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🙊 OpenAI is losing its voice

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If you take just one thing from this email…

OpenAI used a voice in its product that sounded *too much* like Scarlett Johansson, so she’s suing them. Generative AI is getting criticised for not respecting intellectual property rights and personal content. The incident highlights the urgent need for laws that balance innovation with the protection of creators' rights.


Whenever someone signs up for LittleLaw, they get an email from me (yes, you’ve caught me — it is an automatic email!)

And this week, I got this *very cool* response from Rachel — based in New Zealand! 🤯

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🙊 OpenAI is losing its voice

Scarlett Johansson Oscars GIF by PBS SoCal

Credit: Giphy

What's going on here?

The actress Scarlett Johansson has criticised OpenAI for using a voice in its ChatGPT product that closely resembled hers without her consent.

What’s the story?

Sam Altman, OpenAI’s founder, first reached out to Scarlett Johansson to ask if she could be the voice for Open AI’s system — Johansson said no.

But a few months later, Sam Altman released a voice called “Sky” which sounded suspiciously similar to Johansson’s voice anyway.

To make things worse, Sam Altman’s publicly tweeted a reference to the movie “Her”, a film where Scarlett Johansson was the voice of an AI robot which interacted with humans.

OpenAI has since removed the Sky voice from the product. They’ve said it was not intended to imitate Johansson.

If you want to hear it — here’s the AI voice of Sky telling the story from Scarlett Johansson’s perspective👇️ 

What’s the problem?

The problem is simple: Generative AI products need a load of content to learn from. But people don’t want it to be trained on their content without them giving permission.

There are loads of examples…

  • 👄 In this case, the AI has (allegedly) been trained on Scarlett Johansson’s voice.

  • 📰 A few months ago, OpenAI was sued by NY Times for copyright infringement.

  • 📸 The image library Getty Images is suing Stability AI (the UK-based creator of an AI image generator) for using Getty’s copyrighted images

Getty brought that claim both in the UK and the US. Here’s the complaint document from the US — it’s pretty interesting to read!

What’s the big picture effect?

📜 Suitable rules: The law will need to strike a balance between protecting creators while not getting in the way of innovation.

The rise in generative AI is testing whether the UK’s long-standing intellectual property laws (mainly, the Copyright, Designs and Patents Act 1988 (CDPA)) are suitable.

Cases like Getty vs. Stability AI need courts to redraw those lines.

For example, Stability AI argues that the use of “article” in section 22 of the CDPA only relates to physical items (like books) — not software.

Depending on what the Court finally decides, it would have a massive impact on whether digital products are subject to the same copyright rules as physical products.

🌍️ A global approach: Courts in different countries will have to face similar disputes. If they don’t have a consistent approach to these cases, it could lead to tech companies relocating to the countries with the more tech-friendly courts — this is called jurisdiction shopping. An uneven playing field like this would harm the rights of creators.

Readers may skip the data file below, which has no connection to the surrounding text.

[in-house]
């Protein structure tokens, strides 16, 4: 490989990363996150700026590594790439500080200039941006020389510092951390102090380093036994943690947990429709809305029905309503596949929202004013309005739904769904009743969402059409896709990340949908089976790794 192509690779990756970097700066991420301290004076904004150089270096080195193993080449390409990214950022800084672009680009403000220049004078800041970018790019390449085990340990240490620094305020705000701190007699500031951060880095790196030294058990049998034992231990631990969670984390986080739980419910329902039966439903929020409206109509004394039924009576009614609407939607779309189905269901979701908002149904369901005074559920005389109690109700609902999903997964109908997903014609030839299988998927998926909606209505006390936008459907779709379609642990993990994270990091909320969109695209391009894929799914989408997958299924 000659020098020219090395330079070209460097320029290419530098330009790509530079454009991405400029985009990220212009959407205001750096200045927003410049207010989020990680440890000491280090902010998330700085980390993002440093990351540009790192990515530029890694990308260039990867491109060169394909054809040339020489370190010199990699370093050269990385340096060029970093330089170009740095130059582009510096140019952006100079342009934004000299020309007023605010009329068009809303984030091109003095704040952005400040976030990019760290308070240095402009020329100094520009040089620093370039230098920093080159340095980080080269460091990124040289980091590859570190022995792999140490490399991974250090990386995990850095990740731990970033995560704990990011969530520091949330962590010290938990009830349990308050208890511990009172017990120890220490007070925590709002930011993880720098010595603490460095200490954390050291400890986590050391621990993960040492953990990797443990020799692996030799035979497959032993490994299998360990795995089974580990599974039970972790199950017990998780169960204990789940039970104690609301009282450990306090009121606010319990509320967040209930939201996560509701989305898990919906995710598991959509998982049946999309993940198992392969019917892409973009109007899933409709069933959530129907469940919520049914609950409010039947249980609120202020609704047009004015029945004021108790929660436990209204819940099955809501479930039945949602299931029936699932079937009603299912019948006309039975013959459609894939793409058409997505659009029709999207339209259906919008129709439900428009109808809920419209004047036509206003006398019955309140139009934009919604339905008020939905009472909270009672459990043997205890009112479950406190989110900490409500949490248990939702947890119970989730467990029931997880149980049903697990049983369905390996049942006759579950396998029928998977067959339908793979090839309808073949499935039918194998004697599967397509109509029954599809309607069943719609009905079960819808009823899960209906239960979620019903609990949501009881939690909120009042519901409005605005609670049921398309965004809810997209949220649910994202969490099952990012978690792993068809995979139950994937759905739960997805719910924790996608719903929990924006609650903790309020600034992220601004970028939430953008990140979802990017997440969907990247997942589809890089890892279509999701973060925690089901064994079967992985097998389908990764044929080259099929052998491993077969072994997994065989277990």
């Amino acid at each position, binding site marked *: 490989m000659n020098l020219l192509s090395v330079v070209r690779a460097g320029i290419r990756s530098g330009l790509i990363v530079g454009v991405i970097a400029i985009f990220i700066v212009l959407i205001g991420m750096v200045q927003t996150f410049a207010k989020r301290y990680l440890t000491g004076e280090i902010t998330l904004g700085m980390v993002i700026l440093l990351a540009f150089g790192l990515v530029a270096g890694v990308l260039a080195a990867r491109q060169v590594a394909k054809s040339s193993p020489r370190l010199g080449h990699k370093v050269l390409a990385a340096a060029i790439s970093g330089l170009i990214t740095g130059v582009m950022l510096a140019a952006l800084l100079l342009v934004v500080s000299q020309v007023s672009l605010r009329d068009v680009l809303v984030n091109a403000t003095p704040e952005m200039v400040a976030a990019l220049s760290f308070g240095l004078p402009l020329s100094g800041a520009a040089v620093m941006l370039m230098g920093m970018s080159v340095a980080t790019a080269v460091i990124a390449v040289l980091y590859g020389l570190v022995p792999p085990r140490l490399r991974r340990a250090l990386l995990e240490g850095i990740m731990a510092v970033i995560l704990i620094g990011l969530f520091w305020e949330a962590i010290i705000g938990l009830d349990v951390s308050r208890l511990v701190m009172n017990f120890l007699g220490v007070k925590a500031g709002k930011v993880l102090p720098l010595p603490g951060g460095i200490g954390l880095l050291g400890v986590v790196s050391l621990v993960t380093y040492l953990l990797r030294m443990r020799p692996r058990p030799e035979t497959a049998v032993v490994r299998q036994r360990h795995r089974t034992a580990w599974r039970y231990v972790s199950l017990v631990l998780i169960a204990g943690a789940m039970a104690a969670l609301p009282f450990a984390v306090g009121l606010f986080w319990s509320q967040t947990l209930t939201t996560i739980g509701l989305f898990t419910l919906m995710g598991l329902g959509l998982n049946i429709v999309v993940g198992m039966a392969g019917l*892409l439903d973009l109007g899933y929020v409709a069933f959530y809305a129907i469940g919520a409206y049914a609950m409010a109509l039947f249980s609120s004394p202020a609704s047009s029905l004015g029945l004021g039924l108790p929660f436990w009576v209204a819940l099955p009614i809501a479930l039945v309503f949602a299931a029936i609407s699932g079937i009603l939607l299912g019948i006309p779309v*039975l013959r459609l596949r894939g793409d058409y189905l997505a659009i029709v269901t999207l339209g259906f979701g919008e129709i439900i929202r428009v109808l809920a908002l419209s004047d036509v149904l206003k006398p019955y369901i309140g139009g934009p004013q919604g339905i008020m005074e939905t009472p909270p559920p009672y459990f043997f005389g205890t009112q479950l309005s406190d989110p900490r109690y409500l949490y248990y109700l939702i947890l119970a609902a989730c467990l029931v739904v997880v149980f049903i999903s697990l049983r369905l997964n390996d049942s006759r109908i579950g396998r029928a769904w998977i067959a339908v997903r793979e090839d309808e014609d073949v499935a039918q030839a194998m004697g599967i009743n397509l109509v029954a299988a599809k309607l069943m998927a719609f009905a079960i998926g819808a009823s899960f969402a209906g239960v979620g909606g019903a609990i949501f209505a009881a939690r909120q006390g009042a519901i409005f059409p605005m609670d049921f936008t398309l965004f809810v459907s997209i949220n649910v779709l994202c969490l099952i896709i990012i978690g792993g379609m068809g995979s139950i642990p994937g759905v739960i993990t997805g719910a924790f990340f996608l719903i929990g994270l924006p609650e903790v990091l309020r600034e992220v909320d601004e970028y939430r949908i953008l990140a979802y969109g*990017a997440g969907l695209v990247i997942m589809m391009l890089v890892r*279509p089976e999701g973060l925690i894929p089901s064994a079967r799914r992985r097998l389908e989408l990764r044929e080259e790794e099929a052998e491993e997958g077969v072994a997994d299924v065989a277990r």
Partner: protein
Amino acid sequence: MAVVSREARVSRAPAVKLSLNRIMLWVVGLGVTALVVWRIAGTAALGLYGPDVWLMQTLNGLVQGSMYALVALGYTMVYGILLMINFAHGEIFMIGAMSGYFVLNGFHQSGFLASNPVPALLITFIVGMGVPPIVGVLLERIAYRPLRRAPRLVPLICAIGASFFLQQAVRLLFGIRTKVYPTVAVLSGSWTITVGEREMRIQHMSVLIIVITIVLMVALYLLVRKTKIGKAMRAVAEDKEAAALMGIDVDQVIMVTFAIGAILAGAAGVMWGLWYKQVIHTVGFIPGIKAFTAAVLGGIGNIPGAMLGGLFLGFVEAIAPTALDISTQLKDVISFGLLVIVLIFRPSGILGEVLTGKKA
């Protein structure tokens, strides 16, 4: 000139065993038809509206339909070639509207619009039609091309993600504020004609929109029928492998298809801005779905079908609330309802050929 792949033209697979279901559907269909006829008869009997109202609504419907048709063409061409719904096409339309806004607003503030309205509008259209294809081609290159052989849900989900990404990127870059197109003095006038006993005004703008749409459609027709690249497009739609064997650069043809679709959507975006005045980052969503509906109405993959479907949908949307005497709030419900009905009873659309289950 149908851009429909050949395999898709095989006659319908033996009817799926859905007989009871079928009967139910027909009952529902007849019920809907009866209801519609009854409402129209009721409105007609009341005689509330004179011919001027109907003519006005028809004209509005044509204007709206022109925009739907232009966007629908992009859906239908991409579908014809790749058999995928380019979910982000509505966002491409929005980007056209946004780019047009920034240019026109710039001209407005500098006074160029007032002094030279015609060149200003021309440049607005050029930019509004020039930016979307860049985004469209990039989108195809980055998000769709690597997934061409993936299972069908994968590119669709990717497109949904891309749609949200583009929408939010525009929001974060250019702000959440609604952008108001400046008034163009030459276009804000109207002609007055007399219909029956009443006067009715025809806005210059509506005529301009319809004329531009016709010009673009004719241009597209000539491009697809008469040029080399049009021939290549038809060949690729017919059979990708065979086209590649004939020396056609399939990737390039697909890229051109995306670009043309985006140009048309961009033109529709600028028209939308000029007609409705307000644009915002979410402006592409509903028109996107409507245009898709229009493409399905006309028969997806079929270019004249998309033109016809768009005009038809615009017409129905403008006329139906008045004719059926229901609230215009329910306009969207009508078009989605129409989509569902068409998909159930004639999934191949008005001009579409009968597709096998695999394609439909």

For example, under UK copyright law, if it is found that the training of the AI happened outside of the UK, there hasn’t *strictly* been a breach of UK copyright law — these are the sorts of loopholes that the courts may need to close off.


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  • 🚨 After 175 future trainees were wrongly told they had failed the SQE assessment, the Junior Lawyers Division (JLD) is threatening to go to the Legal Services Board if improvements aren't made. The JLD met with the SRA and Kaplan to discuss fixing the marking issues, criticising the £250 ‘goodwill payment’ as being inadequate. Some affected students had their training contracts rescinded. The SRA mentioned they've already agreed on compensation with some students.

  • 🌏 Bird & Bird is launching a Tokyo office in December. This marks their first international expansion in a new five-year strategy. The Tokyo office will assist Japanese clients with cross-border work in Europe, the Middle East, and Asia-Pacific, focusing on tech, renewable energy, life sciences, and media. The firm plans to expand their team and leverage their existing Asia presence in Singapore, Hong Kong, Beijing, and Shanghai.

  • 🚀 DWF is rolling out Microsoft Copilot globally, making it one of the first firms to do so. Clifford Chance was first but DWF is following closely behind. The change is aiming to boost productivity with Copilot’s AI features like email summarisation, drafting replies, and data analysis. This move is part of DWF's Digital Transformation program. The firm’s Chief Operating Officer, Matt Glenville, believes Copilot will enhance efficiency and help attract top talent.

  • 💼 Paul Weiss is advising the private equity firm KPS Capital Partners on its proposed acquisition of Innomotics (a global motor business) from Siemens AG for €3.5 billion. Innomotics generates €3.3 billion in revenue and employs around 15,000 people. The sale is expected to close early in 2025. (Learn how private equity firms structure their acquisitions to make more money, read this).



  • 📹️ Free application help: If you're applying to commercial law firms, check out my YouTube channel for actionable tips and an insight into the lifestyle of a commercial lawyer in London.

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